NEW YORK – Fifteen illegal immigrants who lost a spouse or child in the Sept. 11, 2001, terrorist attacks were granted temporary legal status Friday, a potential move toward legal U.S. residency for people who have lived in limbo since losing their loved ones.
The Department of Homeland Security's decision could clear the way for the survivors to share their personal stories with Congress without fear of deportation — information some legislators had said was necessary before the relatives could be granted a path to staying in the country legally.
"There was a moment of non-comprehension," lawyer Debra Brown Steinberg said, referring to the long-awaited calls she made to her clients. "Then you could hear it sink in — and the joy, and the tears. ... To them, it's a miracle."
In a letter sent Friday, Stewart Baker, assistant secretary for policy, announced the decision to grant legal standing to the 15 immigrants for one year. The term could be extended if the matter is not resolved in that time.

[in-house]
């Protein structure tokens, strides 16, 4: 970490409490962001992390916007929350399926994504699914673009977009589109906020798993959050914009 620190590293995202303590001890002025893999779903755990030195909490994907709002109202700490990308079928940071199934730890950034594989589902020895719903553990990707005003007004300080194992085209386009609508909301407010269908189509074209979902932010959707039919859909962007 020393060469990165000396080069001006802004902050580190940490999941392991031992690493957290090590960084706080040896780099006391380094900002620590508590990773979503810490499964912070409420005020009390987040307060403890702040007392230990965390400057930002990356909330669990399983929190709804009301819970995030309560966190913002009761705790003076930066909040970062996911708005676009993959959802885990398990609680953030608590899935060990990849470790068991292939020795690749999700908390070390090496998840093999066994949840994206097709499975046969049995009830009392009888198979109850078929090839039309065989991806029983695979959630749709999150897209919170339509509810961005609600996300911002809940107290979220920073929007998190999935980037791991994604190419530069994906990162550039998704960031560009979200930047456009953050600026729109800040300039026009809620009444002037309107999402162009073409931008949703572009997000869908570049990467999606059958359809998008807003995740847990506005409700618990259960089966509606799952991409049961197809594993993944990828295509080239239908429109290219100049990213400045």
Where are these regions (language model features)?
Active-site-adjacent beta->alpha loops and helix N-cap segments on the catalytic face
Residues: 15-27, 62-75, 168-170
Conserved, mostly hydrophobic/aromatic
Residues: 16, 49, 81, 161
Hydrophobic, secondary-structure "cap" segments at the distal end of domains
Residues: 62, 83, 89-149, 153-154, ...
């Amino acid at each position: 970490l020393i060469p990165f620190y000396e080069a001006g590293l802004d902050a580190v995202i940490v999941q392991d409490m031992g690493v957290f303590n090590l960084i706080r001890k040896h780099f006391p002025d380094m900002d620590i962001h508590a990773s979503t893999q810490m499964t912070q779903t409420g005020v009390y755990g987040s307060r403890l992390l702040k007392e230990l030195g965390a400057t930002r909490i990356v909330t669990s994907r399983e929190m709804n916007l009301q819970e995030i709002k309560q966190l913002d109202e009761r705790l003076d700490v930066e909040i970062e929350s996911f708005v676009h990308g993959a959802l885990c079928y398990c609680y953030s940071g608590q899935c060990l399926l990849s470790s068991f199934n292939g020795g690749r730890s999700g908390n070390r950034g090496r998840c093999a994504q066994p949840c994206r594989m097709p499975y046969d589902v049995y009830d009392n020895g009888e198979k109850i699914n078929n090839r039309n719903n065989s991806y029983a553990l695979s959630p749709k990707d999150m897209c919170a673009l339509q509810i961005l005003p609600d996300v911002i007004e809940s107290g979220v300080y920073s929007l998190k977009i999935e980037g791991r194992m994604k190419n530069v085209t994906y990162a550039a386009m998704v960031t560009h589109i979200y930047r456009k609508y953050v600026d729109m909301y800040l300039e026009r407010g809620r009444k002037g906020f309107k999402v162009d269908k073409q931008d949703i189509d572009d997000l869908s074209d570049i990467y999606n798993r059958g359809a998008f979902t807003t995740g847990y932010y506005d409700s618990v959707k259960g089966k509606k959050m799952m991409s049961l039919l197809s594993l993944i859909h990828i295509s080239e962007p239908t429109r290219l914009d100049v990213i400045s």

"The events of Sept. 11 are a part of our lives and our national history and a part of our story," Baker said. "If they want to become part of the country after living through such a formative experience for the country, then we think that's the right answer."
The 15 have received money from the Sept. 11 Victim Compensation Fund, and Steinberg said she believed other survivors who got money from it had already found other paths to legal residency.
A proposal to grant permanent residency to the relatives stalled in Congress last year. Some House members said they didn't have enough information and raised concerns about the possibility of giving legal status to criminals or terrorists.
A 16th person was not granted relief because he or she did not file tax returns despite holding a job, the agency said.
Steinberg said she hoped Friday's decision would lead to a turnabout for her clients, who have lived under a legal cloud, unable even to buy homes despite receiving perhaps millions of dollars from the compensation fund.
"They love this country. They sacrificed their greatest love — their husband, their father — on that day," she said. "It's my hope that these families don't have one more Sept. 11 where Congress has not acted on their behalf."